Belgian soprano Jodie Devos has died

Belgian soprano Jodie Devos has died
Belgian soprano Jodie Devos has died

A rich journey

Born in Libramont on October 10, 1988, Jodie Devos grew up in the small village of Lahérie (Neufchâteau), where her father is a duck breeder and producer of foie gras. From a very young age, she was passionate about music but also dance. “My parents always wanted me to have a varied artistic background,” she confided to Evening in 2019. “I took acting lessons with a real actor. The stage is therefore a place today where I feel comfortable. And I started dancing at 6 years old. The dance school gave me the flexibility of movement and relearned me how to sustain the breath: it’s something that, as a singer, I continue to work on. »

In 1999, she began musical training and studied piano then, four years later, discovered classical singing with Françoise Viatour at the Ciney Conservatory. A revelation. She then studied at the Institute of Music and Pedagogy of Namur with Benoît Giaux and Élise Gäbele – where she received “solid training which forged the foundations of (her) singing” – then obtained a Master’s degree in 2013. of Art at the Royal Academy of Music in London, in the class of Lillian Watson. The same year, she stood out in a production of The melody of happiness (musical direction Patrick Leterme, direction Xavier Elsen) in Charleroi.

But the real revelation came in 2014, the year when she made a sensational entrance onto the international scene by winning the 2e prize and the public prize during the Queen Elisabeth Competition. Setting the room ablaze and touching the audience to the heart, as she knew how to do so well. An event which, she admitted, “helped her a lot at the beginning. The media gives you unimaginable visibility. And very quickly, I was able to find very good agents. »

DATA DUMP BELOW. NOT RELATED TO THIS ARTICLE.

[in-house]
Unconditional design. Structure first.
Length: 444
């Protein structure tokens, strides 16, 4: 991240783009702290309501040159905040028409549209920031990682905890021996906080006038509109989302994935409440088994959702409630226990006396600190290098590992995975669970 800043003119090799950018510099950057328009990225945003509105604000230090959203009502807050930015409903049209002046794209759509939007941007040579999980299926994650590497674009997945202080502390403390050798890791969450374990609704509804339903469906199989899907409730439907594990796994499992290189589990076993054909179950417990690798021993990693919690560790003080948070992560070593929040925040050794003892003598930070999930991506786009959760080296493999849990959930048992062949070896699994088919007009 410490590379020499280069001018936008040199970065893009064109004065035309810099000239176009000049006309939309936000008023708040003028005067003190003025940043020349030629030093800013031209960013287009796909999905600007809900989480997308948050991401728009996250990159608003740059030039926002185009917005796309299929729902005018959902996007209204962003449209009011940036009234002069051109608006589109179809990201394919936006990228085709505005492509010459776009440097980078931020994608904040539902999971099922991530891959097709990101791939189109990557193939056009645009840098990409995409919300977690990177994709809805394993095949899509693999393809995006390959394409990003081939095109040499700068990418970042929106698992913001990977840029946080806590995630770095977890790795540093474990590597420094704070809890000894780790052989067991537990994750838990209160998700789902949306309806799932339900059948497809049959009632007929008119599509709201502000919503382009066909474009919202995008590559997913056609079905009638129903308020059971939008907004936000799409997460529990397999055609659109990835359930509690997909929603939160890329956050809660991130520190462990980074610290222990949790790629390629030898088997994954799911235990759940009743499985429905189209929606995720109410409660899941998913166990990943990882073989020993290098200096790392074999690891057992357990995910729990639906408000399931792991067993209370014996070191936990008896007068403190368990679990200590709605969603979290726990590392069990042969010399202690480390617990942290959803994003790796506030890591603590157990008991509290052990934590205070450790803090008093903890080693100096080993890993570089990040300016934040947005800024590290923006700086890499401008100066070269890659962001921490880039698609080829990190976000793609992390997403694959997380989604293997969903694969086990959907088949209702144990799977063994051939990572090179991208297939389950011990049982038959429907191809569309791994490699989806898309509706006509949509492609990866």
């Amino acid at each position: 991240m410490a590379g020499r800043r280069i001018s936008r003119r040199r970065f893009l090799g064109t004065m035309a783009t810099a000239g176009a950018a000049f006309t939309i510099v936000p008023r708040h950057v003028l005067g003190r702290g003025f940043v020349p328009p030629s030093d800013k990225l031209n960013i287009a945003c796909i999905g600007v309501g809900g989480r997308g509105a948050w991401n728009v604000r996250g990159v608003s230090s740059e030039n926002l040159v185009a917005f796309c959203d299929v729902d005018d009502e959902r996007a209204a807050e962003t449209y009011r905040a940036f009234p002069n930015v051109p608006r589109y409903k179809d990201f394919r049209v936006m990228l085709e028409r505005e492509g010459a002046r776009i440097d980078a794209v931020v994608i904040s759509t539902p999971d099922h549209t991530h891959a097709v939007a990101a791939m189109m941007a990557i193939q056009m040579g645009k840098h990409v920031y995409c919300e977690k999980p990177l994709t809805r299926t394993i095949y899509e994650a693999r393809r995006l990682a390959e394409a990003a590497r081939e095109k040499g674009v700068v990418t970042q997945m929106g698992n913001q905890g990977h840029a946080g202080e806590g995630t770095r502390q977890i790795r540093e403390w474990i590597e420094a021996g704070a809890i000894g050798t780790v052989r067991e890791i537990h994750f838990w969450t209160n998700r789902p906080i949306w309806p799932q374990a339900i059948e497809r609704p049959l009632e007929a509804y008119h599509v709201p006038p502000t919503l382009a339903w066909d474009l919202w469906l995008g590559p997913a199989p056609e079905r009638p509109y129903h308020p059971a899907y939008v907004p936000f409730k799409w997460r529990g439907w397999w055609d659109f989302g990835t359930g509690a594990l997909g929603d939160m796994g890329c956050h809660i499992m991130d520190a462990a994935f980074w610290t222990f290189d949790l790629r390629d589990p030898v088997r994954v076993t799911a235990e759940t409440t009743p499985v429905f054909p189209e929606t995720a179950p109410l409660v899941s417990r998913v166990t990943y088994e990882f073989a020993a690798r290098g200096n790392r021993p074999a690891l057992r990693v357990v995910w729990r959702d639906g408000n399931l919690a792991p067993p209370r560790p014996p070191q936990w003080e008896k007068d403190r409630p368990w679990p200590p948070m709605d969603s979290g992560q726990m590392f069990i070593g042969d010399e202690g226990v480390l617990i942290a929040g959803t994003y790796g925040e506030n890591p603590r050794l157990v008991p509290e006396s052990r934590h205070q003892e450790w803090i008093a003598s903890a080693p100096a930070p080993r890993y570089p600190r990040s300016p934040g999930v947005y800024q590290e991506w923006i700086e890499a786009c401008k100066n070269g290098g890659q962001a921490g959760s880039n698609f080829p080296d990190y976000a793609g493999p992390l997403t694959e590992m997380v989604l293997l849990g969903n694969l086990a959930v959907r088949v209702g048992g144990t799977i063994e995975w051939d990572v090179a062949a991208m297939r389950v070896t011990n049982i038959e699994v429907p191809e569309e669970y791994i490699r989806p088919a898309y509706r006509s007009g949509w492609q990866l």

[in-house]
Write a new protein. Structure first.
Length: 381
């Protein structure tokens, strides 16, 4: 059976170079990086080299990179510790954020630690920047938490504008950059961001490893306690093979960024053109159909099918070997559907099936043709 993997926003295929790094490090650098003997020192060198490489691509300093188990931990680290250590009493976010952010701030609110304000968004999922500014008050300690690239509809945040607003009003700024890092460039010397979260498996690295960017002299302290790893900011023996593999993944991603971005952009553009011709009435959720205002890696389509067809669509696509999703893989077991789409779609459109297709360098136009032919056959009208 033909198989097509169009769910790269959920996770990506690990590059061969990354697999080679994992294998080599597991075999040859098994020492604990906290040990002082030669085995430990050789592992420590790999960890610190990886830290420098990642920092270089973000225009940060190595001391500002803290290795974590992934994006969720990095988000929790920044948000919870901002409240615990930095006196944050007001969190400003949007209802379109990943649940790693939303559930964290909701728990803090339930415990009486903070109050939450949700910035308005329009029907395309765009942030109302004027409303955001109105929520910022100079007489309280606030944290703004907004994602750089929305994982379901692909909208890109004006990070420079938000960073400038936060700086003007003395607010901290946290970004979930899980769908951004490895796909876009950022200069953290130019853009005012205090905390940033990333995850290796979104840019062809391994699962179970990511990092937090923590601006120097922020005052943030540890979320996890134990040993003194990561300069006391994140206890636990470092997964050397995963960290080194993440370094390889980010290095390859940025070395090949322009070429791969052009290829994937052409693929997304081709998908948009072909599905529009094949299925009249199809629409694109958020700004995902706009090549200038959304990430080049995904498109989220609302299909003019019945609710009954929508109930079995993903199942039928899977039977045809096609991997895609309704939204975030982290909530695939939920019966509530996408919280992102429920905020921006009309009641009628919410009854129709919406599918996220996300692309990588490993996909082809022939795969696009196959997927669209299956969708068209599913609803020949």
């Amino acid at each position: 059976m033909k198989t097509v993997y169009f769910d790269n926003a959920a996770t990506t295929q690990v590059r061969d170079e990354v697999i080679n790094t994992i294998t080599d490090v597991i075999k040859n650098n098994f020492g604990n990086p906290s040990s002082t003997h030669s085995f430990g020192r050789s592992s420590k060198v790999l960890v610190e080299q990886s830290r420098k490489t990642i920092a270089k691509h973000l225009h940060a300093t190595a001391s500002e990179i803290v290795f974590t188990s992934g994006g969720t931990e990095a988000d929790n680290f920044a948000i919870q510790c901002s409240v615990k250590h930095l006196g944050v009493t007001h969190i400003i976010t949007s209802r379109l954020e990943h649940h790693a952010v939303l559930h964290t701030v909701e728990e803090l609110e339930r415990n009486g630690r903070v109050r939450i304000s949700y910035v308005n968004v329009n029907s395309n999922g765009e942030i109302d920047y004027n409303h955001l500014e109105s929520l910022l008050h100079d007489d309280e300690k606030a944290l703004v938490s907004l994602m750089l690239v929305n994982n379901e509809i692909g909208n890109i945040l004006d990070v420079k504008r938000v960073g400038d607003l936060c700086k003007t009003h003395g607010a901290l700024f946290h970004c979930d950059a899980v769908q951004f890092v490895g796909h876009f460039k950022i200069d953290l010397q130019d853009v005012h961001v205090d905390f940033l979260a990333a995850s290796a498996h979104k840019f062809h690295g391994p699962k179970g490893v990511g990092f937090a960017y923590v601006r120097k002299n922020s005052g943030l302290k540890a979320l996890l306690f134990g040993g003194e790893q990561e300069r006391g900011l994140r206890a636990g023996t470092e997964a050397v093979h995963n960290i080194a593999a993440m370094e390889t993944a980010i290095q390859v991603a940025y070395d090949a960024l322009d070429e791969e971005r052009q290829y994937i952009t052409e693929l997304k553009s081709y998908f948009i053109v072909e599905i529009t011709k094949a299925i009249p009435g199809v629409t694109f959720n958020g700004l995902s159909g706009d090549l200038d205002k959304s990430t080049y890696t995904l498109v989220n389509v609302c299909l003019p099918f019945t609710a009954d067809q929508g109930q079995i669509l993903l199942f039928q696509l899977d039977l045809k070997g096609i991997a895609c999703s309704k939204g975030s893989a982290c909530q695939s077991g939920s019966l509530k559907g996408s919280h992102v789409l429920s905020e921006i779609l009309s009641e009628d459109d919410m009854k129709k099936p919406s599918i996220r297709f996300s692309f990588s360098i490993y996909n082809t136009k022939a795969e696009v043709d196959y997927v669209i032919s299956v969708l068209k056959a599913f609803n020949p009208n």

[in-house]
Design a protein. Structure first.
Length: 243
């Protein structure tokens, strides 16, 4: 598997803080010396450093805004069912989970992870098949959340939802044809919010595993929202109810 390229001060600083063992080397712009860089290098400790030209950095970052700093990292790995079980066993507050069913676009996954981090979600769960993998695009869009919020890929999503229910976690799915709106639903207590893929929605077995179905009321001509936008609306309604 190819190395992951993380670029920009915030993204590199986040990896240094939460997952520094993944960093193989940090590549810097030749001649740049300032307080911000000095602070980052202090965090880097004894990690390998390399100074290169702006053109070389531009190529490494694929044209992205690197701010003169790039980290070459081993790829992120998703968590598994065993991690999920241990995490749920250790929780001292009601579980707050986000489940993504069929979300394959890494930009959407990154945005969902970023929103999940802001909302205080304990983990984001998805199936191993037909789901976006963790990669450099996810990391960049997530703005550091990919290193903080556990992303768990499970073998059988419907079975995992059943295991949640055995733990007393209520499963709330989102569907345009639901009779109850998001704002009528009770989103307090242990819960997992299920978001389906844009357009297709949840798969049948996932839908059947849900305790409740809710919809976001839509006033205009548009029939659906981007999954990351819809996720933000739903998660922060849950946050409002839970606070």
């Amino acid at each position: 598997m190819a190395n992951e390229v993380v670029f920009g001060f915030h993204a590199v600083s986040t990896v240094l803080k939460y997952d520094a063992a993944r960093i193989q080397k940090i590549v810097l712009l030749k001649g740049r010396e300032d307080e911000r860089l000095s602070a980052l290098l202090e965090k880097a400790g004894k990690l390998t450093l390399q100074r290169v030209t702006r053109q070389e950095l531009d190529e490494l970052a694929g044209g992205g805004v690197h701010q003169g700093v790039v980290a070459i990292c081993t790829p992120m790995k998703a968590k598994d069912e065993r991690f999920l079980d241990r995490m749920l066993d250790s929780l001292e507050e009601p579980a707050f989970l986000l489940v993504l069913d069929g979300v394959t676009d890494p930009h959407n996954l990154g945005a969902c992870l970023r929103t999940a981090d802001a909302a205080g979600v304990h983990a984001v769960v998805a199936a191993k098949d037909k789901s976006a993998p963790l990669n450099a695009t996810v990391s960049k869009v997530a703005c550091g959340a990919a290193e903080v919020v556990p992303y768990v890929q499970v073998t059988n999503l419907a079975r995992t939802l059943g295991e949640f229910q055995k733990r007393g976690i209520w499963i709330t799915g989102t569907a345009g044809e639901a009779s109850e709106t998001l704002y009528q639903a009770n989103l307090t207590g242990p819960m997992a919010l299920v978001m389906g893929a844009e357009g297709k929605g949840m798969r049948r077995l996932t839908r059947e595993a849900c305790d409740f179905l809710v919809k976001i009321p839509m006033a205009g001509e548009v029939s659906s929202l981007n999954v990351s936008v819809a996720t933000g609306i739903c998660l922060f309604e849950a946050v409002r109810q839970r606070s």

A meteoric rise

For Jodie Devos, a hard worker but also and above all a gifted artist, things then happened very quickly. Also in 2014, she joined the Académie de l’Opéra-comique in Paris where she participated in performances of the Bat and Musketeers at the convent. “It’s an extraordinary experience,” she said at the time. Evening. “We work a lot there but we meet extraordinary people. We work with top-class coaches and teachers. True specialists in a little-known genre: French comic opera. The operetta which conceals real treasures beyond the works of Offenbach. I discover real gems every day. »

But operetta will not be his only repertoire. Far from it since we will find it in the great classical repertoire, in the contemporary repertoire (notably We’re purging Baby! in 2022, the last opera by Philippe Boesmans) but also off the beaten track with jazz concerts. Its goal: “To make music loved by those who don’t know it.”

Her dazzling career will take her to the highest levels of opera as she tours the world (Germany, Holland, India, Canada, Poland, Brazil, etc.) with concerts and recitals. She notably sang Mozart under the direction of Leonardo Garciá Alarcón during the debut of the Millenium ensemble. We will find her at the Opéra de Wallonie in Rosine du Barber of SevilleEurydice d’Orpheus in hellSusanna Nozze di Figaro and Countess Adèle of Count Ory. Will work with conductors such as Christian Arming, Paolo Arrivabeni, Laurence Equilbey, Christophe Rousset, Mikko Franck, Emmanuelle Haïm, Louis Langrée, Marc Minkowski, François-Xavier Roth, Guy van Waas… in productions by David Bobbée, Romeo Castellucci , Paul-Émile Fourny, Denis Podalydès Claire Servais and Robert Wilson.